Writing to your MP can make a difference – especially if this is part of a local or national campaign. You are the ones with a vote, and if they receive a lot of emails or letters on the same subject, it does affect the laws that are passed. Find out here who your MP is, and how to contact them: https://www.parliament.uk/get-involved/contact-an-mp-or-lord/contact-your-mp/ 

Cafod has a section devoted to current Campaigns. This includes both political campaigning, and campaigning to influence large companies. Read more here: https://cafod.org.uk/Campaign/Latest-campaigns 

Posting on social media (Twitter, Facebook, Instagram or TikTok), especially creating posts where you tag in companies, can have a very quick effect. Most large companies have people monitoring their social media engagements, and they don’t like negative stories. A well-phrased post can also be picked up by others – of all faiths and none – and gain momentum. Adding a picture also helps – and it is best to use one you have taken personally (so you can be sure it is genuine, and so you don’t have any copyright issues).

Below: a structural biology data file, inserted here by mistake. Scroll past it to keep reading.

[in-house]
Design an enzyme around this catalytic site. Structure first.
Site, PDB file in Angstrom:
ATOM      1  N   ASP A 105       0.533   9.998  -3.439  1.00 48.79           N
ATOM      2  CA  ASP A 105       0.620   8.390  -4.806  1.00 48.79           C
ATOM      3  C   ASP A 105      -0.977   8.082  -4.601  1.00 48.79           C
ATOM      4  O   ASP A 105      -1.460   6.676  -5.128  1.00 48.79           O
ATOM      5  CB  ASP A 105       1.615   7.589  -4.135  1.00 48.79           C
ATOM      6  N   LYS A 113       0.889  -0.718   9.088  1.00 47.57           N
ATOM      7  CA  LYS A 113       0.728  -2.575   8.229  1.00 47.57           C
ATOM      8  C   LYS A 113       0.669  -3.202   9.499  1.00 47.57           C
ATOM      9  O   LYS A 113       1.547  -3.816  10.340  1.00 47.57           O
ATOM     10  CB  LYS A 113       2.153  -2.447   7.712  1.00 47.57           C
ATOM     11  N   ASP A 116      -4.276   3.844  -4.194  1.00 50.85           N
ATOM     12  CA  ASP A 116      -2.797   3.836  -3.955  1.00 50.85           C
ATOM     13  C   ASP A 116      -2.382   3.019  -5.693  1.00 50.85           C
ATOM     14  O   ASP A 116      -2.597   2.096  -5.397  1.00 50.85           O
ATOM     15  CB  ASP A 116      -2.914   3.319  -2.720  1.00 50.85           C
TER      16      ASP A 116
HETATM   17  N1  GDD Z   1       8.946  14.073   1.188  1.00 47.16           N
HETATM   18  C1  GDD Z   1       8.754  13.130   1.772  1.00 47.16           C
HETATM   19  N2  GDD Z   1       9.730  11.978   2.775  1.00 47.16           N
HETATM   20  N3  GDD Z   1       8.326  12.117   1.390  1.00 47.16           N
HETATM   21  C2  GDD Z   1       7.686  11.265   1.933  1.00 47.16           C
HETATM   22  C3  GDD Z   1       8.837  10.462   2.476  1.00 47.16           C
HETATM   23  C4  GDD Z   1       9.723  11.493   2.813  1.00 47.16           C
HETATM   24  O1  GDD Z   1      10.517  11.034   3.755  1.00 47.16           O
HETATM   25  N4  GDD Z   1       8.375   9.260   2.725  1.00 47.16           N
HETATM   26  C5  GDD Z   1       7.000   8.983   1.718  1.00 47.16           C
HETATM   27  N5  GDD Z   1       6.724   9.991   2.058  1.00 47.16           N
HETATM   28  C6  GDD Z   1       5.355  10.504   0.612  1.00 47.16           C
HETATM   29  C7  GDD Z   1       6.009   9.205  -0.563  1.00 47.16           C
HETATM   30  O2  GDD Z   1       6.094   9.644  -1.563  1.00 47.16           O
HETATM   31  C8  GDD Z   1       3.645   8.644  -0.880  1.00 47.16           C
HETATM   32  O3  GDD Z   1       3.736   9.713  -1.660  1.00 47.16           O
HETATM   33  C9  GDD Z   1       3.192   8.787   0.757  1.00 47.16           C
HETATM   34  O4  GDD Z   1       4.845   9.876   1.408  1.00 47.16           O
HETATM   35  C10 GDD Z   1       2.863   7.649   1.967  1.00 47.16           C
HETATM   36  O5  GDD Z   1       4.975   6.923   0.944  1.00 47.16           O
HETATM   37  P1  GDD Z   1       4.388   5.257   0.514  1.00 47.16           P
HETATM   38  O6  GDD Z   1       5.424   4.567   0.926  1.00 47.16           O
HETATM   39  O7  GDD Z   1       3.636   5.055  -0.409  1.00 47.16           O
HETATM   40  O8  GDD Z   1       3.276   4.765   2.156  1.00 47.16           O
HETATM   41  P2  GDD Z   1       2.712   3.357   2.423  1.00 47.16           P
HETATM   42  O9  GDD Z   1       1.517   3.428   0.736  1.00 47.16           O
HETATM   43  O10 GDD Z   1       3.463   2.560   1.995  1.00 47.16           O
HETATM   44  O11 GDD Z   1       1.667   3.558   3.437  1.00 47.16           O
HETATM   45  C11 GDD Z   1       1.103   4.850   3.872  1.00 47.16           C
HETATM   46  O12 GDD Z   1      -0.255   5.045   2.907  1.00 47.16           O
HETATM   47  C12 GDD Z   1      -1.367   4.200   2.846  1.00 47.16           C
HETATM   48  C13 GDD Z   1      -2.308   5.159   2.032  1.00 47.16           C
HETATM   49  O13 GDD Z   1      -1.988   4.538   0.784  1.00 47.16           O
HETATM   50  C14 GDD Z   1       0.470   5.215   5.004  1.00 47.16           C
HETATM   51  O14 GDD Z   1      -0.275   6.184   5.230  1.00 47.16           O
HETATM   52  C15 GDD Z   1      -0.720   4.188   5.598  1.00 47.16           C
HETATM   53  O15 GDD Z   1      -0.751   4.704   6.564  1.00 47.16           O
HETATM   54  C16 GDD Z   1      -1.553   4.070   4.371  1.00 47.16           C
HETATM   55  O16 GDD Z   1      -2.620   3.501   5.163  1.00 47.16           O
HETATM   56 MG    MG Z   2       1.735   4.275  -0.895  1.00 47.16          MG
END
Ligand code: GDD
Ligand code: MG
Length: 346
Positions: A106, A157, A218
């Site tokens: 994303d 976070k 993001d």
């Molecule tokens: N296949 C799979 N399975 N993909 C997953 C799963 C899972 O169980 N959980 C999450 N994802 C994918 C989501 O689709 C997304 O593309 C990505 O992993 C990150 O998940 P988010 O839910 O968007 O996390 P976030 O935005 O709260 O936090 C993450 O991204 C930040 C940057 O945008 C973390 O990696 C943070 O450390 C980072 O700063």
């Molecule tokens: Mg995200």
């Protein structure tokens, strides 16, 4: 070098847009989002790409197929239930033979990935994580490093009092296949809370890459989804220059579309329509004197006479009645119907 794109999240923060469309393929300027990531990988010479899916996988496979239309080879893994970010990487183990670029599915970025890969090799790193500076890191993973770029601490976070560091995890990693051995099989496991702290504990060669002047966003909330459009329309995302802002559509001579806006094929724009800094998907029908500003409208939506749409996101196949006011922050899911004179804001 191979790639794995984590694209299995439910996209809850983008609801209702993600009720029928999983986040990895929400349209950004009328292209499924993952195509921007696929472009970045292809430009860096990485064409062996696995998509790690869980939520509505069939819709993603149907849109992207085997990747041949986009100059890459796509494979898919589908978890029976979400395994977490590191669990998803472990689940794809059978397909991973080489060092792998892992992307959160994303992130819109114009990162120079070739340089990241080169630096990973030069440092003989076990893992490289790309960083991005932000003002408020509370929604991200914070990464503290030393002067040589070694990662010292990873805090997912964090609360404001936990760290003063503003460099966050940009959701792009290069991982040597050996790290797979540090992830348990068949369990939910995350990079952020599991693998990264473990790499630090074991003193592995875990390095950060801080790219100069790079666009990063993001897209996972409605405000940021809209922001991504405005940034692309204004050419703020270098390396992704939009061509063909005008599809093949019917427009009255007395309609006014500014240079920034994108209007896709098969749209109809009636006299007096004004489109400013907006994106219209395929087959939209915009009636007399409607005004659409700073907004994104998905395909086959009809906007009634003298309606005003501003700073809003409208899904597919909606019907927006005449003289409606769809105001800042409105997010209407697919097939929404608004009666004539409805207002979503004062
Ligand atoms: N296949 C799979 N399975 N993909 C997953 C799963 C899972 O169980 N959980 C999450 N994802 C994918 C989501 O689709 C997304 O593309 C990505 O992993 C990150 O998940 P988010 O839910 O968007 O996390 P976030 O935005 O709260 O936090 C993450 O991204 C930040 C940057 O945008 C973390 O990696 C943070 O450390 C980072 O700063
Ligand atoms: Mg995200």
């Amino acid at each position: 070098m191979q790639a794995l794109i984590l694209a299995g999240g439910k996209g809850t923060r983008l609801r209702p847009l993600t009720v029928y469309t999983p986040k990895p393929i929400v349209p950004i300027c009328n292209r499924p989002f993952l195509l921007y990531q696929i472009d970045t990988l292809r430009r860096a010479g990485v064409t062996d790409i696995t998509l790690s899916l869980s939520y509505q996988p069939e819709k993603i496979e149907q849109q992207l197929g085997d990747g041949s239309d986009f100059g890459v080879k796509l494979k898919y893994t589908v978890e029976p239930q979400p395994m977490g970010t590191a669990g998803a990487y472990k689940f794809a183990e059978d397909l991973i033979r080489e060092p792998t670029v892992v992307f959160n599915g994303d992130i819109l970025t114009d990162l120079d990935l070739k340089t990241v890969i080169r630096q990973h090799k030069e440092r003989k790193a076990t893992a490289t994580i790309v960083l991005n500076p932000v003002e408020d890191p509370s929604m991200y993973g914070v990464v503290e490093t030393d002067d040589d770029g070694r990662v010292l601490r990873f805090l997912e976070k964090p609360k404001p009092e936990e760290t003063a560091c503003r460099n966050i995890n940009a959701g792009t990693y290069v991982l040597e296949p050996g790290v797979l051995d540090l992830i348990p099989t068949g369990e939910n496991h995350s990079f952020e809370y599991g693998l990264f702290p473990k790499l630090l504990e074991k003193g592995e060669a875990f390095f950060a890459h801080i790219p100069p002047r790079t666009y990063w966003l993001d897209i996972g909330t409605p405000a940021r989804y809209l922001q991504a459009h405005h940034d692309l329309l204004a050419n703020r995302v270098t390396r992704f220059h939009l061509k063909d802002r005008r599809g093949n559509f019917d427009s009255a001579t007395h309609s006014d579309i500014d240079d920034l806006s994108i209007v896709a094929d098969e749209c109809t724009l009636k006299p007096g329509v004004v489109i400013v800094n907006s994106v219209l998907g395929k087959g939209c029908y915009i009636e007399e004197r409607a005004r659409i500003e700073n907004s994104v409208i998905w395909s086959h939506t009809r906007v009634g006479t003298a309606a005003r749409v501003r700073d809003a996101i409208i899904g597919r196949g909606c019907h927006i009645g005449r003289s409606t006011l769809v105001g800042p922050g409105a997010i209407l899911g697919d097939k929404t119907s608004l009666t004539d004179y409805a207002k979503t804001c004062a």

Contacting your local supermarket, or if there is a company with headquarters local to you, also makes a difference. If, for example, your local Tesco or Sainsbury’s does not have Fair Trade products, a direct email to the manager of the store can make a surprising difference – again, especially if you can get others in your parish, school, family or workplace to write at the same time.